• Local Credit – a busy day in primary markets yesterday.  The main focus, for us at least, was the MQG 10-NC-5 tier 2, which launched at +165 bps, the top end of our expectations with the curve (per our calcs) at +160 bps.  With strong demand (a $1.3bn book), in the end MQG priced a $750m deal at +155 bps, which was around the mid-point of our fair-value assessment (+154 – 158 bps).  With MQG’s May-25 callable line at +140 bps at the beginning of the day, the new deal offered +15 bps pick up for the extra year’s duration.  Rule of thumb, that’s about fair.  On the day the May-25 line closed a basis point tighter at +139 bps.  Despite some modest selling out of Asia, the new Jun-26 deal performed well on the break, tightening -3 – 4 bps into +151 – 152 bps.  Still in the tier 2 space, ANZ launched a 10.25-NC-5.25-year GBP deal on Tuesday night our time, which priced (on an ASW basis) at +137 bps, arguably in line with the A$ major bank tier 2 curve (give or take a basis point or two).  Major bank senior and tier 2 paper closed unchanged on the day.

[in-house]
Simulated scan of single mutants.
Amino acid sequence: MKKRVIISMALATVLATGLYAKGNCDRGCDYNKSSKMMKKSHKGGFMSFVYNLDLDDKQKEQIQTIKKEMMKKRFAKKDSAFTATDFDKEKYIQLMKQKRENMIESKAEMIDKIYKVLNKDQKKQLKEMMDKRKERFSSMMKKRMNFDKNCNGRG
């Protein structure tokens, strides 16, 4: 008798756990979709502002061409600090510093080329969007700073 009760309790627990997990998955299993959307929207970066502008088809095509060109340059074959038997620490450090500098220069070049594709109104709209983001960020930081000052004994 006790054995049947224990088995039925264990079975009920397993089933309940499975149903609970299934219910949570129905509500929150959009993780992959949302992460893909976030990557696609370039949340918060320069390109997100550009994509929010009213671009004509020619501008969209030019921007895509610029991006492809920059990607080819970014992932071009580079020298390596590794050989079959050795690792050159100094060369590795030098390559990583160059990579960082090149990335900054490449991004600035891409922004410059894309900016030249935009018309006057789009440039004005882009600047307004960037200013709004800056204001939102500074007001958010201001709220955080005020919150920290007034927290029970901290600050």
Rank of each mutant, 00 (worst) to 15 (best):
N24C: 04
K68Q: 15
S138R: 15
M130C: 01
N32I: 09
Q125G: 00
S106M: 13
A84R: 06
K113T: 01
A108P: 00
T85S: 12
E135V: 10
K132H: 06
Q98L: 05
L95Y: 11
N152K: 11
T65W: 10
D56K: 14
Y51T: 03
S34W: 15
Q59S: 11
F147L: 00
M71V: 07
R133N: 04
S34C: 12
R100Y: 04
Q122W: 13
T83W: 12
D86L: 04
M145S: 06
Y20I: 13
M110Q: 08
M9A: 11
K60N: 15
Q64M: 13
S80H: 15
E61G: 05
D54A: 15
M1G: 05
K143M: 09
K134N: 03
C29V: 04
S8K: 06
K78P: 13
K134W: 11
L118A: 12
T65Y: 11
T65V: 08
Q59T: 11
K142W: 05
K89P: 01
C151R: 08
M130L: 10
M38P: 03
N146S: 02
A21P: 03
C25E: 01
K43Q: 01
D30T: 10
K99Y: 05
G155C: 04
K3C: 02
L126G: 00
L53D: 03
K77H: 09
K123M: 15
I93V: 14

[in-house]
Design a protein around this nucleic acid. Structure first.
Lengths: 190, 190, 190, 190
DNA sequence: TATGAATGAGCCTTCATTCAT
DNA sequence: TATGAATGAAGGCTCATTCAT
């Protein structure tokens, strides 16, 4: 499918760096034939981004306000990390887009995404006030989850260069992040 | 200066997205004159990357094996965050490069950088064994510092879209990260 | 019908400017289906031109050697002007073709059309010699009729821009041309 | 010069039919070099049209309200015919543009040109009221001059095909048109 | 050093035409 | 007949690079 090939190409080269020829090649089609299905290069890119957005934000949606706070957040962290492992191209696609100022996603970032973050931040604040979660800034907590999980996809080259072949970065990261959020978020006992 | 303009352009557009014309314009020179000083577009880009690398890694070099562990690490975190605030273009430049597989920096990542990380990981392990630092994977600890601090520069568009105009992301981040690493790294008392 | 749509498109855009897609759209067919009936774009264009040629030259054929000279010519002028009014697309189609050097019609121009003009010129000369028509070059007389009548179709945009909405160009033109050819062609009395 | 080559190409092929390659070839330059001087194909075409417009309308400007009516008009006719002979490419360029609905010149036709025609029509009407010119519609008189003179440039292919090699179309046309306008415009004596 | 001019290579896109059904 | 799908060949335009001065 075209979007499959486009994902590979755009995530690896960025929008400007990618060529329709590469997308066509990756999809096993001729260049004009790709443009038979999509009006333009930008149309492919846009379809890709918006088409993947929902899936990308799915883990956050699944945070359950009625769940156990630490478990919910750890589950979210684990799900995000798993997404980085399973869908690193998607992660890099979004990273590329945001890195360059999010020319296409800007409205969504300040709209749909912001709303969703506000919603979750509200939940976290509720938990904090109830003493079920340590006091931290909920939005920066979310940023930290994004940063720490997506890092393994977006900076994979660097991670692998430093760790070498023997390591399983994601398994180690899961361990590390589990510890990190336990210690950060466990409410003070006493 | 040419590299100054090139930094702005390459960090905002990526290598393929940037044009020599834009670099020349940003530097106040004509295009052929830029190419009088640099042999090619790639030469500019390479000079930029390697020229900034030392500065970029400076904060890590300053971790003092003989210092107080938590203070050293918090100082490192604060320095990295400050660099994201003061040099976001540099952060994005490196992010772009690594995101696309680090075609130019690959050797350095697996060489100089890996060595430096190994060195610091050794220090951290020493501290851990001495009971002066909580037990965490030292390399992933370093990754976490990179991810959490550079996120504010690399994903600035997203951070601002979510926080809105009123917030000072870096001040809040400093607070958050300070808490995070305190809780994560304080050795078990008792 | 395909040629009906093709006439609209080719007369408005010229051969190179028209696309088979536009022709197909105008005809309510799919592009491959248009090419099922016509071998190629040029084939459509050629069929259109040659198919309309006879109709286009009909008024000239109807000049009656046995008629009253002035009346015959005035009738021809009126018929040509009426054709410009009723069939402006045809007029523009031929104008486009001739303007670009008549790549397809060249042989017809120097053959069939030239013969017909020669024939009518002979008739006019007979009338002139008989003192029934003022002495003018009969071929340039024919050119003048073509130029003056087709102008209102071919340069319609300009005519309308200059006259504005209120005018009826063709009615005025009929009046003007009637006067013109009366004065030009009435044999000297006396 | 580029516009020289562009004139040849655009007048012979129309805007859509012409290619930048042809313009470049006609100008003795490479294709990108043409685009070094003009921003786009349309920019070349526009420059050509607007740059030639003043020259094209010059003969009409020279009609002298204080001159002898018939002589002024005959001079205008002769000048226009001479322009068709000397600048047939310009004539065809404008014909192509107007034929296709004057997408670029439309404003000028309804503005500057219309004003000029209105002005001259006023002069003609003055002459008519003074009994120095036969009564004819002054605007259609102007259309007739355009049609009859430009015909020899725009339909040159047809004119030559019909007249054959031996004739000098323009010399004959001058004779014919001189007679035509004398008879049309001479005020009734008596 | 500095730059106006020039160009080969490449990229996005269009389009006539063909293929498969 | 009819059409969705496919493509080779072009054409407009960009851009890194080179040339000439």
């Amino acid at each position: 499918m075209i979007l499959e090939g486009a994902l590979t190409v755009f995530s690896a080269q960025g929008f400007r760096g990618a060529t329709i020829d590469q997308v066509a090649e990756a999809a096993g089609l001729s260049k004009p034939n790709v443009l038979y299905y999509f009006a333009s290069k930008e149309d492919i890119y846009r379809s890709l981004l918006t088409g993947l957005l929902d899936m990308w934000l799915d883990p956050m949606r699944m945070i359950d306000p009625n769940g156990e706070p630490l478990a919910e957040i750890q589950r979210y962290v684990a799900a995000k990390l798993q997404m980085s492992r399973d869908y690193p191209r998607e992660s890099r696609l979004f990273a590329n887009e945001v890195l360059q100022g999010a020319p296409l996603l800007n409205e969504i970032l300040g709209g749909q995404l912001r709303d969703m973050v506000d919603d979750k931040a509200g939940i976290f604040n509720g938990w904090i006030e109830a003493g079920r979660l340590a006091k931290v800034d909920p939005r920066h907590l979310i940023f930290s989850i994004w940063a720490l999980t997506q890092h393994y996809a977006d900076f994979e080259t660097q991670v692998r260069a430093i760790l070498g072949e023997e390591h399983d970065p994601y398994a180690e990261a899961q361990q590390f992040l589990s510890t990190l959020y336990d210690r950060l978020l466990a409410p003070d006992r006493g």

• Bonds & Rates – ahead of tonight’s US CPI print, the US 10-year treasury yield fell as much as -6.3 bps last night, to 1.471%.  The yield held below 1.5% after an auction of US$38bn of the notes in the afternoon.  The 30-year bond’s yield touched 2.148%, levels last seen in early March.  Local bond yields fell again yesterday, down -3 bps, with 10’s bumping along the bottom of recent (Apr-to-now) trading ranges at 1.58%.  ACGB 10-year yields are now -34 bps lower than their YTD peak (1.92%), which resulted after an inflation risk triggered +95 bps sell-off from the end of December through to February.  ”Being short rates markets has been a lonely game in recent months as yields have not followed the expected playbook higher. Despite the pile on of anecdotes of higher wages, price pressures and the run of not just solid but very strong economic data, yields are lower. The cash build up across the world, the need to invest and the creeping suspicion that we have seen this movie before mean that eventually the trade that paid is the trade of pain” (CBA).  So, that’s the back of the curve.   The front end has been all about the YCC and the TFF.  On this matter, Chris Kent (RBA Assist. Gov, Financial Markets), gave a speech yesterday – copy here – covering said programs and other monetary policy measures.  While the speech itself was reasonably generic, and nothing overly insightful, there were some good charts.  Have a read if you have time.